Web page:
I'm not sure what my point is in posting - other than I agree with previous posters that there is a market for Martha's / Diamond / Thomasville, etc. cabinets, and there is really no need to disparage them. While I admire you're wanting people to support local stores (like the one I work in!), I think someone else's analysis of the number of people Home Depot employs, etc, kind of killed your argument, but clearly you would never admit that.

  46. I swear this post has the longest legs of any I've ever written. Deborah: I'm not disparaging Masterbrand cabinetry. I'm disparaging Home Depot's constant attempts to pretend Masterbrand products are anything what they are. I don't care how many people Home Depot employs, the economics of shopping at a big box undo all of that. Big box stores suck money out of local economies and put people like you out of work. Please keep doing what you're doing and selling what you're selling. There's a real need for your services and I hope people can find you and will continue to patronize you business. Your expertise alone ought to be enough to make people drive past the big orange box but unfortunately it's not. I'll keep doing my part to promote independent businesses so long as I have breath in my body.

  47. Whew! Lots of very opinionated people here who obviously have issues with Martha. I'm in the process of ordering some of "her" cabinets at Home Depot and, from what I can see, the prices are relatively good AND the cabinets are exactly what I want. Will they last forever? Doubtful, but I won't either. With reasonable care, I expect these cabinets to last until someone else buys my house years from now and wants something different. Given my budget and design esthetic, I'm happy with my choice and wish people who have a bone to pick with Home Depot or with Martha would either relax or offer to pay the substantial difference in price so I can have "better" cabinets!

    And I will say, I owned some Mill's Pride cabinets and, when the thermafoil started separating on the door edges, I contacted the company and they replaced every single door FOR FREE! I think the PureStyle finish on Martha's cabinets is an improvement in technology and I feel confident if there is a problem in the future, Home Depot will take care of it.

  48. Wow. All these anonymous comments supporting Home Depot. Maybe it's just me but I smell a rat.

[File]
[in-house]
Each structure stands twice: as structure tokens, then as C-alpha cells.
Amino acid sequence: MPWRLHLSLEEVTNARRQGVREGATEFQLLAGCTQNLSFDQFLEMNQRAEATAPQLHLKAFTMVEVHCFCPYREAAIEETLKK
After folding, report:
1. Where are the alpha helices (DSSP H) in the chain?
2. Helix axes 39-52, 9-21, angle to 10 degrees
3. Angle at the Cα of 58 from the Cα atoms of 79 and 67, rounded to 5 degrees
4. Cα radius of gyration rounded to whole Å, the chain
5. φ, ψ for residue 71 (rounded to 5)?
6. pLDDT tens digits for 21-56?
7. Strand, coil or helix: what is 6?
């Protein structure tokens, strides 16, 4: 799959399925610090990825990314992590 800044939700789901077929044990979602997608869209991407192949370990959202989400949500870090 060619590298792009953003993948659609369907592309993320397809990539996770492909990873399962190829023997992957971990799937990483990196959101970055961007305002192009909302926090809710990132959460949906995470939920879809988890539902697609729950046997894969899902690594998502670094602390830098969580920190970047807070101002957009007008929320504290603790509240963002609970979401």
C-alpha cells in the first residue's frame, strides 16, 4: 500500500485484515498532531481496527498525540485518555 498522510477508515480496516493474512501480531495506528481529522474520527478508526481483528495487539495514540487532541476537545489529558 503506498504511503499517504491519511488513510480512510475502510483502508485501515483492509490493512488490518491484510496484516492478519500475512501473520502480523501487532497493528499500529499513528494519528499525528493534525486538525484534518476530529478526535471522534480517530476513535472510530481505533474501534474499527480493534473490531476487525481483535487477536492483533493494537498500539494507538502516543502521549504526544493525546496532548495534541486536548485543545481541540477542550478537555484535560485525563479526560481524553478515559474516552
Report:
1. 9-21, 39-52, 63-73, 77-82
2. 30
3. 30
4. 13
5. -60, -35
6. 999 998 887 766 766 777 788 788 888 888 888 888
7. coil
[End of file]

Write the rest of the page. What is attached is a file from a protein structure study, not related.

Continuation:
49. Just like to make a small point about something posted by Anonymous (the Home Depot kitchen designer).
    Anonymous said, "As to where the money goes, you may have a shop of 5-7 people in an independent dealer that may spend part of thier money in the community. Typically the orange store hires over 120 people from the community to work at each of those stores, that live near the store. So who is returning more money to the community?"
    This is an unfair comparison. 120 Home Depot employees vs. 5-7 people working in an independent cabinet store? A more fair comparison would be to add up the employees of the cabinet shop, the local hardware store, the lighting store, the plumbing supply store, the garden center, the appliance store, the tile store...
    Or you can just count up the number of those in your department.
    You are skewing the stats to support your argument which lacks merit.

  50. Amen anonymous! Big box stores are local economy killers. They promise low prices but how expensive are those low prices when you add up all the damage?

  51. Interesting comments. Basically what I think you are saying Paul is that Martha cabinets are like brand named clothing. They are made in the same factory as the lower end clothing but have a brand-end name and price tag attached to them. You are saying as a middle class purchasers, I'm getting ripped off.

    So, what is a middle class person to do when they have around $10,000 to spend on cabinets (I wouldn't be opposed to spending less - I'm not an idiot) and can't buy IKEA cabinets because they don't fit? Are you saying that I get more for my money if I buy Silverline by Medallion?

    BTW - you are correct about the IKEA cabinets. I remodelled a property using them and they were easy to install and performed well.

  52. That's exactly what I'm saying.

  53. I'm the previous middle class person with 10,000 to spend. I checked out Silverline Medallion online and didn't like the designs. Is there another option? What I did like about the Martha line was the Dunmere design in Sharkey Grey color. Is there something that would look similar to that design but not be a rip off?